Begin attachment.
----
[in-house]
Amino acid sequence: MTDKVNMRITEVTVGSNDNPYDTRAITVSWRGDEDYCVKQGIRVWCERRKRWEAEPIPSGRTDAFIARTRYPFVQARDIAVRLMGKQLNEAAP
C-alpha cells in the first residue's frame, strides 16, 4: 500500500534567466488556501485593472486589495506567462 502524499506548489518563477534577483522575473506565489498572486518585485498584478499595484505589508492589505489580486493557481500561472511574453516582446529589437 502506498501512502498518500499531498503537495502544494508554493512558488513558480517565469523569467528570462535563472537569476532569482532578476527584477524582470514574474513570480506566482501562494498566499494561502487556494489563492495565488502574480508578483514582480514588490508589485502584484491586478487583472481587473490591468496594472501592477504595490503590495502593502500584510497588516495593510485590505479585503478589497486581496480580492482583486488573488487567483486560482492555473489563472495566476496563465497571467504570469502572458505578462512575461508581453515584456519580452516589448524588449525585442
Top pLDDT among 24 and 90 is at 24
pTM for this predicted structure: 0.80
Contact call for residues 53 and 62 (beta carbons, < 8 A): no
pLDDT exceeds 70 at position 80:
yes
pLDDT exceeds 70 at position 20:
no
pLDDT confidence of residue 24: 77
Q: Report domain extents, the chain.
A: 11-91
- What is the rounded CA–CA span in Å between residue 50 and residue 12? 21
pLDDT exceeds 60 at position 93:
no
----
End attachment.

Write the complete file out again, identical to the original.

[in-house]
Amino acid sequence: MTDKVNMRITEVTVGSNDNPYDTRAITVSWRGDEDYCVKQGIRVWCERRKRWEAEPIPSGRTDAFIARTRYPFVQARDIAVRLMGKQLNEAAP
C-alpha cells in the first residue's frame, strides 16, 4: 500500500534567466488556501485593472486589495506567462 502524499506548489518563477534577483522575473506565489498572486518585485498584478499595484505589508492589505489580486493557481500561472511574453516582446529589437 502506498501512502498518500499531498503537495502544494508554493512558488513558480517565469523569467528570462535563472537569476532569482532578476527584477524582470514574474513570480506566482501562494498566499494561502487556494489563492495565488502574480508578483514582480514588490508589485502584484491586478487583472481587473490591468496594472501592477504595490503590495502593502500584510497588516495593510485590505479585503478589497486581496480580492482583486488573488487567483486560482492555473489563472495566476496563465497571467504570469502572458505578462512575461508581453515584456519580452516589448524588449525585442
Top pLDDT among 24 and 90 is at 24
pTM for this predicted structure: 0.80
Contact call for residues 53 and 62 (beta carbons, < 8 A): no
pLDDT exceeds 70 at position 80:
yes
pLDDT exceeds 70 at position 20:
no
pLDDT confidence of residue 24: 77
Q: Report domain extents, the chain.
A: 11-91
- What is the rounded CA–CA span in Å between residue 50 and residue 12? 21
pLDDT exceeds 60 at position 93:
no